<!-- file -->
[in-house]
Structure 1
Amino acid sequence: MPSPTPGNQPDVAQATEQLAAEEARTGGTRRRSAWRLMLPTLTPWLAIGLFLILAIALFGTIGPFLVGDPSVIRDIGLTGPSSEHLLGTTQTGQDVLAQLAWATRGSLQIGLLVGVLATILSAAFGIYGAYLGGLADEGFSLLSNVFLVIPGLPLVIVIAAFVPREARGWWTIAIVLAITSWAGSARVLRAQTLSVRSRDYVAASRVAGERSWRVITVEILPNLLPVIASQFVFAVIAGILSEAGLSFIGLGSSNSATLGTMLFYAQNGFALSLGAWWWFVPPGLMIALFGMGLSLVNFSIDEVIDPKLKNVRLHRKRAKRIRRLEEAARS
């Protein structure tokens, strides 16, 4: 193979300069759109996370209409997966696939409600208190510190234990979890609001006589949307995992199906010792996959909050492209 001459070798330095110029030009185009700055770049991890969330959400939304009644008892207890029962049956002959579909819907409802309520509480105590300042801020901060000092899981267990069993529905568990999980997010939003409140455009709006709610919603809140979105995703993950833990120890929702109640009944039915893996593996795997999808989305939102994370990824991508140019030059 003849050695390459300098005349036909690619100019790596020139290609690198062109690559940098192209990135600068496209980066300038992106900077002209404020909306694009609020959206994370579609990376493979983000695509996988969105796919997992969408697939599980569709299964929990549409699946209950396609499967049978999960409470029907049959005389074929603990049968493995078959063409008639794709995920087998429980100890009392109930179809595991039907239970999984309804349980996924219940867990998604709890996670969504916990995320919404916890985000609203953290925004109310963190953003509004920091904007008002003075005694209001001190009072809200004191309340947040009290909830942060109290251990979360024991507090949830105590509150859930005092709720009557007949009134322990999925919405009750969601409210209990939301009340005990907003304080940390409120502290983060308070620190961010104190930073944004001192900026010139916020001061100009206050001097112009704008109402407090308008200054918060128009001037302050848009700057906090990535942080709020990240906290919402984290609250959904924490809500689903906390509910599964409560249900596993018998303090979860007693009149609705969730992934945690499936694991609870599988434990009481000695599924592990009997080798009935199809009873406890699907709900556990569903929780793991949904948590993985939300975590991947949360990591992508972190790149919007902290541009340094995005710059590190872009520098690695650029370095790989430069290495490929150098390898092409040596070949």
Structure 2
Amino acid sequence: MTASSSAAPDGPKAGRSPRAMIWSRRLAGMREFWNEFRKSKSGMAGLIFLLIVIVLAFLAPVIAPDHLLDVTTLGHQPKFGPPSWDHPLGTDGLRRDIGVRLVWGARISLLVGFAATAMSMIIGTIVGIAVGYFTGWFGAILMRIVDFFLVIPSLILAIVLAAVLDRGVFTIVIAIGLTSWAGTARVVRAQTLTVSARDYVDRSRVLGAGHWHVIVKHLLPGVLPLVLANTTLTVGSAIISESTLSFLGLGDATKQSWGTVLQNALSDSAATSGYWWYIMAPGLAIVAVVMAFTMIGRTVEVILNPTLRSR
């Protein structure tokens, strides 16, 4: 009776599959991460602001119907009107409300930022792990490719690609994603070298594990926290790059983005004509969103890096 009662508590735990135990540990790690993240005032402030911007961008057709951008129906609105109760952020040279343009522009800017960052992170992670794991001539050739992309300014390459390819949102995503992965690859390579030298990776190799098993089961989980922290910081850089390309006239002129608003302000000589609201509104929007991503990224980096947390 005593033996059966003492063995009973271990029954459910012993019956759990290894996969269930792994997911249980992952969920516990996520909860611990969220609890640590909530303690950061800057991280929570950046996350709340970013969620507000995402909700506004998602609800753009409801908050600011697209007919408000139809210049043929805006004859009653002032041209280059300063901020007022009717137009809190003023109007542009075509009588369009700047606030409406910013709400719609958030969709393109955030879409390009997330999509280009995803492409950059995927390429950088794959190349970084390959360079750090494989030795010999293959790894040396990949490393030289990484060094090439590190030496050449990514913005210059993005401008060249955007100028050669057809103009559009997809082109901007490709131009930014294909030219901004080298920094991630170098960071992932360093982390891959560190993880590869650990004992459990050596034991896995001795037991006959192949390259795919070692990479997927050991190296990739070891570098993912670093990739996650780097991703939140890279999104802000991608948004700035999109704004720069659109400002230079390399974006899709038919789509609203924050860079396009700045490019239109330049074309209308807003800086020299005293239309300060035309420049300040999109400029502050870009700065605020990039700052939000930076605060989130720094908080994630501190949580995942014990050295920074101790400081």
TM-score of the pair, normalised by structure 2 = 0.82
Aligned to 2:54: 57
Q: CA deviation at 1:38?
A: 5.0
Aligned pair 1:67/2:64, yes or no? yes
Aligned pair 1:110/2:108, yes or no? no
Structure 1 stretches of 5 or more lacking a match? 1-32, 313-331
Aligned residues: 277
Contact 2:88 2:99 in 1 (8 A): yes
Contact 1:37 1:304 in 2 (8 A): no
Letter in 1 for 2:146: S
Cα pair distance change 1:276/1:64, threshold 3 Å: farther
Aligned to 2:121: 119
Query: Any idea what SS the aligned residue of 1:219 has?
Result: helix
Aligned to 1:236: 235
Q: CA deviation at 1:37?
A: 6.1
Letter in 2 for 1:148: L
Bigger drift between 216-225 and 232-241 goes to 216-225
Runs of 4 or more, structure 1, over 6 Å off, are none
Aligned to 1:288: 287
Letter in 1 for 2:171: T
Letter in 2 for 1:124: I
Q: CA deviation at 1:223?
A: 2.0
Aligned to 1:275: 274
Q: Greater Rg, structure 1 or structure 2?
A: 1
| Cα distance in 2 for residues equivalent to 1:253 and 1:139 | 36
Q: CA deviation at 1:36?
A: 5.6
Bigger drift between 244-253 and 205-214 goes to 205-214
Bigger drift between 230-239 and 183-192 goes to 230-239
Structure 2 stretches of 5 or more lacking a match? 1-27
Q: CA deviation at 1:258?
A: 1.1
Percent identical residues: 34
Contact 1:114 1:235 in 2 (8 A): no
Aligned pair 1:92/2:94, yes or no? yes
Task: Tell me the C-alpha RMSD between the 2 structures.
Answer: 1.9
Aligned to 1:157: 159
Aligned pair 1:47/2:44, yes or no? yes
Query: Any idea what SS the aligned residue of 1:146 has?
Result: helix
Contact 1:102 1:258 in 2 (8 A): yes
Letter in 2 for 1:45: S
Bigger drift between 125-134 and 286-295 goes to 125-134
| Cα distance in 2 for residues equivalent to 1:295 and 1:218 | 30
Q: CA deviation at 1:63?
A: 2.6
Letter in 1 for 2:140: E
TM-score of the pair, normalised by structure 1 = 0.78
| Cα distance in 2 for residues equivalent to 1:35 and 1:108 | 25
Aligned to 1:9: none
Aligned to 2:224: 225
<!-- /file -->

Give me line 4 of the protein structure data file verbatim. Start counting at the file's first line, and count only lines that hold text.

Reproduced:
């Protein structure tokens, strides 16, 4: 193979300069759109996370209409997966696939409600208190510190234990979890609001006589949307995992199906010792996959909050492209 001459070798330095110029030009185009700055770049991890969330959400939304009644008892207890029962049956002959579909819907409802309520509480105590300042801020901060000092899981267990069993529905568990999980997010939003409140455009709006709610919603809140979105995703993950833990120890929702109640009944039915893996593996795997999808989305939102994370990824991508140019030059 003849050695390459300098005349036909690619100019790596020139290609690198062109690559940098192209990135600068496209980066300038992106900077002209404020909306694009609020959206994370579609990376493979983000695509996988969105796919997992969408697939599980569709299964929990549409699946209950396609499967049978999960409470029907049959005389074929603990049968493995078959063409008639794709995920087998429980100890009392109930179809595991039907239970999984309804349980996924219940867990998604709890996670969504916990995320919404916890985000609203953290925004109310963190953003509004920091904007008002003075005694209001001190009072809200004191309340947040009290909830942060109290251990979360024991507090949830105590509150859930005092709720009557007949009134322990999925919405009750969601409210209990939301009340005990907003304080940390409120502290983060308070620190961010104190930073944004001192900026010139916020001061100009206050001097112009704008109402407090308008200054918060128009001037302050848009700057906090990535942080709020990240906290919402984290609250959904924490809500689903906390509910599964409560249900596993018998303090979860007693009149609705969730992934945690499936694991609870599988434990009481000695599924592990009997080798009935199809009873406890699907709900556990569903929780793991949904948590993985939300975590991947949360990591992508972190790149919007902290541009340094995005710059590190872009520098690695650029370095790989430069290495490929150098390898092409040596070949």